Education, granted the program preliminary approval in 1998. MSU CON was the first program to host a site visit by this agency. The visit occurred in September 1998, and CON met all the required standards. The team's report was considered at the Accreditation Review Committee's meeting in February 1999 and final accreditation was awarded in mid-April.

In their review of the program, the report cited the following strengths:

·        The FNP program is a very appropriate program for a land-grant institution. The program is specifically designed to address the health care needs of Montana residents.

·        The FNP program is accessible to its rural stakeholders since it is offered by distance education to five (5) sites around the state.


In addition to the discipline-specific master's and doctoral programs, MSU has developed and sustained several interdisciplinary programs of study. In the land-grant tradition, these interdisciplinary programs form creative partnerships with business and government and enhance professional and educational opportunities through interdisciplinary, intercollegiate, and distance learning. The following three (3) programs of study have been offered during the last decade:

·        M.S. in Science Education (MSSE). The MSSE is a new, interdisciplinary degree program designed by educators and scientists for middle and high school science teachers. The MSSE is sponsored by COA, CEHHD, and CLS. It is coordinated by Intercollege Programs for Science Education. In addition to the standards set by the CGS, admitted students must have an earned a bachelor's degree in an area of science or in science education; be certified to teach science in secondary grades; have at least two (2) years of science teaching at the middle or high school level; and earn a minimum composite (V+Q) GRE score of 1000. The program consists of a combination of resident (summer) course work, as well as distance delivered course work with approximately two-thirds of the course work taken off campus by on-line, asynchronous, computer-mediated communication. Faculty from biology, chemistry, earth sciences, and physics participate in the delivery of instruction which focuses on current developments in science teaching, learning, and curricula, as well as the integration of mathematics and sciences.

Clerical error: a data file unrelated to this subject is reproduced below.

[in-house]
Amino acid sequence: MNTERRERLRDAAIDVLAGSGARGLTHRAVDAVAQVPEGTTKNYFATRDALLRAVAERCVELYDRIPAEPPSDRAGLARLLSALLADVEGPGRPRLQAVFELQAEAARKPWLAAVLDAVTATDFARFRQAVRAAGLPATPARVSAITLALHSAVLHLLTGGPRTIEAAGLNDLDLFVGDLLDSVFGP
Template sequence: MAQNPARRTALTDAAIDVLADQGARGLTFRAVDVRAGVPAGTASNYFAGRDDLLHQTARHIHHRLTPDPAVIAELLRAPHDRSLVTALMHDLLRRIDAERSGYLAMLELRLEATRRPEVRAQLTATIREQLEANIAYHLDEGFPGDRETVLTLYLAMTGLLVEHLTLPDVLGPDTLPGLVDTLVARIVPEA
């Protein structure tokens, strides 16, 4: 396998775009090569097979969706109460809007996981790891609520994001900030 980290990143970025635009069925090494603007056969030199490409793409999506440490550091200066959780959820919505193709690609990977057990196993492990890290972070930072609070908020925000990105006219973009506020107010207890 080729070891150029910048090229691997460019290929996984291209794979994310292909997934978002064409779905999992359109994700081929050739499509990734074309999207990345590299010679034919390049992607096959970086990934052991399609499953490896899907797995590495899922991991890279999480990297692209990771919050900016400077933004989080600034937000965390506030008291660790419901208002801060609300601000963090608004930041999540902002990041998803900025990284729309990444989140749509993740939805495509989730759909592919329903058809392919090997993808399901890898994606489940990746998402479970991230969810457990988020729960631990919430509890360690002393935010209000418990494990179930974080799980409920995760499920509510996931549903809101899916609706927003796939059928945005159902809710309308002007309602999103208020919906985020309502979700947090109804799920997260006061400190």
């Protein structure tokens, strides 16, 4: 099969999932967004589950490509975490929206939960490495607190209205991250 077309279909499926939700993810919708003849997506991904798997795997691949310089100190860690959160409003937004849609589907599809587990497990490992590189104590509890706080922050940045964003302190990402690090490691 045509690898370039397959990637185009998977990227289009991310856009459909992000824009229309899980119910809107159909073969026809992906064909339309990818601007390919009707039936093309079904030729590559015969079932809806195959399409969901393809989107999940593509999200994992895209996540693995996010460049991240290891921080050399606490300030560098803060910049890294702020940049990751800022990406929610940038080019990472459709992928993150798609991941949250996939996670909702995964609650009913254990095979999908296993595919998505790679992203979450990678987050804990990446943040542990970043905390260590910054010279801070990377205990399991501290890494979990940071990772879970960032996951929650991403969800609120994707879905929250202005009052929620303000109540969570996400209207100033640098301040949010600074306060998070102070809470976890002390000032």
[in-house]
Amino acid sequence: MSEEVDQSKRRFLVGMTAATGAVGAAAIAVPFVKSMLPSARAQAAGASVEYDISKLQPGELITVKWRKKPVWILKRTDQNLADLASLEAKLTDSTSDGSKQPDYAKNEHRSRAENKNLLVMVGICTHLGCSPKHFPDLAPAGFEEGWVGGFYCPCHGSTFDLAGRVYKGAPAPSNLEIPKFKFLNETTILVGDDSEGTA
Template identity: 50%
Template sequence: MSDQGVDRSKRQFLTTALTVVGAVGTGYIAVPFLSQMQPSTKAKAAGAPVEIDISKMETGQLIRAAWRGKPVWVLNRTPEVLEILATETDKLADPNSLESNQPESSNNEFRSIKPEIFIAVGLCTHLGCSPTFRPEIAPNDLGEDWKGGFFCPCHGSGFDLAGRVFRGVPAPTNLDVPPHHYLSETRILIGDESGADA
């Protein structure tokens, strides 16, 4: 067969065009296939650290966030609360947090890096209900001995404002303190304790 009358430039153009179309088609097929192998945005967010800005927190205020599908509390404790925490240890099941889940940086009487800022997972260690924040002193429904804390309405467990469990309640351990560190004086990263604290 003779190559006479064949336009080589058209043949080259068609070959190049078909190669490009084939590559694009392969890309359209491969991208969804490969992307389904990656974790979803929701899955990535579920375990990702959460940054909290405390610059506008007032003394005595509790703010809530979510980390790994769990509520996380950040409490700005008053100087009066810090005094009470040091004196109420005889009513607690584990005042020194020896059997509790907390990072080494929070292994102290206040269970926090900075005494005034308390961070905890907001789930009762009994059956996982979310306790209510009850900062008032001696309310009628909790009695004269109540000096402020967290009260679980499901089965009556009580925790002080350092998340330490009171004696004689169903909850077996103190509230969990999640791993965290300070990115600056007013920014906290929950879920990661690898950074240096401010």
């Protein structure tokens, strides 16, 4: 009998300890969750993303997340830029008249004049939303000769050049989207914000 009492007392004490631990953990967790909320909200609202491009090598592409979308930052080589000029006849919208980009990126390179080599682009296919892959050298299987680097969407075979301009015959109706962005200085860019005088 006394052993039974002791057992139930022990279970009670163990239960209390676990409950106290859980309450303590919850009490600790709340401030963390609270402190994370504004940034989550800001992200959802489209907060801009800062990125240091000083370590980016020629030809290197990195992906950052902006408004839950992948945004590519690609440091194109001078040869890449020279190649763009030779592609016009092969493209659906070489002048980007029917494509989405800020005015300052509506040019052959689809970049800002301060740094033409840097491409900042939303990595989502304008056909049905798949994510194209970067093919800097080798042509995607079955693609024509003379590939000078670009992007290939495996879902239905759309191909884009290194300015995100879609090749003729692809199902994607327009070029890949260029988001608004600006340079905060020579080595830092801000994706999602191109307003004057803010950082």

·        M.S. in Land Rehabilitation. The M.S. program in Land Rehabilitation is an interdisciplinary degree sponsored by the departments of ARNR, Plant, Soil, and Environmental Science( PSES), ESCI, Bio-resource Engineering, and BIOL. The program is designed to prepare professionals in such fields as plant science, soil science, hydrology, geology, geography, biology, or animal and range science. In addition to the standards set by the CGS, students admitted to the program are expected to hold a bachelor. s degree in a science-related field with adequate background in general chemistry, organic chemistry, calculus, general soils, general ecology, plant science, introductory geology, college physics, statistics, and general biology. In many cases, research projects are supported in collaboration with private industry, state, and/or federal agencies.

·        M. Health Administration. This degree is currently under development.